Inference and Prediction Problems for Spatial and Spatiotemporal Data

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Inference and Prediction Problems for Spatial and Spatiotemporal Data

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Title: Inference and Prediction Problems for Spatial and Spatiotemporal Data
Author: Cervone, Daniel Leonard ORCID  0000-0002-5579-1669
Citation: Cervone, Daniel Leonard. 2015. Inference and Prediction Problems for Spatial and Spatiotemporal Data. Doctoral dissertation, Harvard University, Graduate School of Arts & Sciences.
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Abstract: This dissertation focuses on prediction and inference problems for complex spatiotemporal systems. I explore three specific problems in this area---motivated by real data examples---and discuss the theoretical motivations for the proposed methodology, implementation details, and inference/performance on data of interest.

Chapter 1 introduces a novel time series model that improves the accuracy of lung tumor tracking for radiotherapy. Tumor tracking requires real-time, multiple-step ahead forecasting of a quasi-periodic time series recording instantaneous tumor locations. Our proposed model is a location-mixture autoregressive (LMAR) process that admits multimodal conditional distributions, fast approximate inference using the EM algorithm and accurate multiple-step ahead predictive distributions. Compared with other families of mixture autoregressive models, LMAR is easier to fit (with a smaller parameter space) and better suited to online inference and multiple-step ahead forecasting as there is no need for Monte Carlo. Against other candidate models in statistics and machine learning, our model provides superior predictive performance for clinical data.

Chapter 2 develops a stochastic process model for the spatiotemporal evolution of a basketball possession based on tracking data that records each player's exact location at 25Hz. Our model comprises of multiresolution transition kernels that simultaneously describe players' continuous motion dynamics along with their decisions, ball movements, and other discrete actions. Many such actions occur very sparsely in player $\times$ location space, so we use hierarchical models to share information across different players in the league and disjoint regions on the basketball court---a challenging problem given the scale of our data (over 400 players and 1 billion space-time observations) and the computational cost of inferential methods in spatial statistics. Our framework, in addition to offering valuable insight into individual players’ behavior and decision-making, allows us to estimate the instantaneous expected point value of an NBA possession by averaging over all possible future possession paths.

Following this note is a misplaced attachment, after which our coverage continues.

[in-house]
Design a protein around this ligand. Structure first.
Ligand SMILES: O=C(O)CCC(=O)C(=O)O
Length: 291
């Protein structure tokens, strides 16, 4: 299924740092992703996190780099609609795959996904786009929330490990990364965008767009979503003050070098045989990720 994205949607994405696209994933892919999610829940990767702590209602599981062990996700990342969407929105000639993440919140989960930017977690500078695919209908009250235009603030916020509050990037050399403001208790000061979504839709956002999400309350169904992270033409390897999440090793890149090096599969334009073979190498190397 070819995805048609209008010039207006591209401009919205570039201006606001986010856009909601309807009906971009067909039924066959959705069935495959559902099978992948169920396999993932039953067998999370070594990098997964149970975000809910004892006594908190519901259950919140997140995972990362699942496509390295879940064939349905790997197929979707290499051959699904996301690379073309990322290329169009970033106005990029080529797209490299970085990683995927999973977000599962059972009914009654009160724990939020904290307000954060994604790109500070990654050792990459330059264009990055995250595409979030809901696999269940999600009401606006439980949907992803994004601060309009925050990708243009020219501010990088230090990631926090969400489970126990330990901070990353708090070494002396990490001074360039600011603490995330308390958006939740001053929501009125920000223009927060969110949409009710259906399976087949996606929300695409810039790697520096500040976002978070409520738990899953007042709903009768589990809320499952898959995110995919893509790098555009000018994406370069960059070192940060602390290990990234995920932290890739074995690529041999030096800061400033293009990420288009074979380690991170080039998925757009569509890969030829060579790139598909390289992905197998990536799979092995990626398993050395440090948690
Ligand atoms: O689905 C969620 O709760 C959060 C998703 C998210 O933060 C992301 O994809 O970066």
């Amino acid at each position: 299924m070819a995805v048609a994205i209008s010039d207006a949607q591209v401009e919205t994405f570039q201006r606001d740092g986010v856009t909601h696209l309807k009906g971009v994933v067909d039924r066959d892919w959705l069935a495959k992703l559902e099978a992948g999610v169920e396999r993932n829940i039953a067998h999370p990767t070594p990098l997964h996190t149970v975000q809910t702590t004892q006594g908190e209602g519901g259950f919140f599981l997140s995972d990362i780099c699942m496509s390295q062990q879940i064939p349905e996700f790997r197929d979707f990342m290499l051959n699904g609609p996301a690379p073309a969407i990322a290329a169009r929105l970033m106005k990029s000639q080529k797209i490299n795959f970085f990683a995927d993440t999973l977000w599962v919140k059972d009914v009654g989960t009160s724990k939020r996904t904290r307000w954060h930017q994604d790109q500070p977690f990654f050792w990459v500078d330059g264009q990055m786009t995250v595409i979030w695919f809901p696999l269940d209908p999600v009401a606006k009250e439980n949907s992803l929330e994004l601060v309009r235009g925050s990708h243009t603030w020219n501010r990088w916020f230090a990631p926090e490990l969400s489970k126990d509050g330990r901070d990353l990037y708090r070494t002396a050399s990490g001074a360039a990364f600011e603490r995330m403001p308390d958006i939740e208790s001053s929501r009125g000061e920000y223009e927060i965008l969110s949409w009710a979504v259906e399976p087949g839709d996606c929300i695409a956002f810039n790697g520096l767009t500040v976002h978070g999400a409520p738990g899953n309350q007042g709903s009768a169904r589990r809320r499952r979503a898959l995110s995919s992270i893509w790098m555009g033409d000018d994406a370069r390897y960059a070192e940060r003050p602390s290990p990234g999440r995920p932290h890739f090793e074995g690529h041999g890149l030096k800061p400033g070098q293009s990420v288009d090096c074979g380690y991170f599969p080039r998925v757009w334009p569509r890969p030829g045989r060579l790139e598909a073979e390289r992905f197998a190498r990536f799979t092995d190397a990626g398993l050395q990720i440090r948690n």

In Chapter 3, we investigate Gaussian process regression where inputs are subject to measurement error. For instance, in spatial statistics, input measurement errors occur when the geographical locations of observed data are not known exactly. Such sources of error are not special cases of ``nugget'' or microscale variation, and require alternative methods for both interpolation and parameter estimation. We discuss some theory for Kriging in this regime, as well as using Hybrid Monte Carlo to provide predictive distributions (and parameter estimates, if necessary). Through simulation study and analysis of northern hemipshere temperature data from the summer of 2011, we show that appropriate methods for incorporating location measurement error are essential to reliable inference in this regime.
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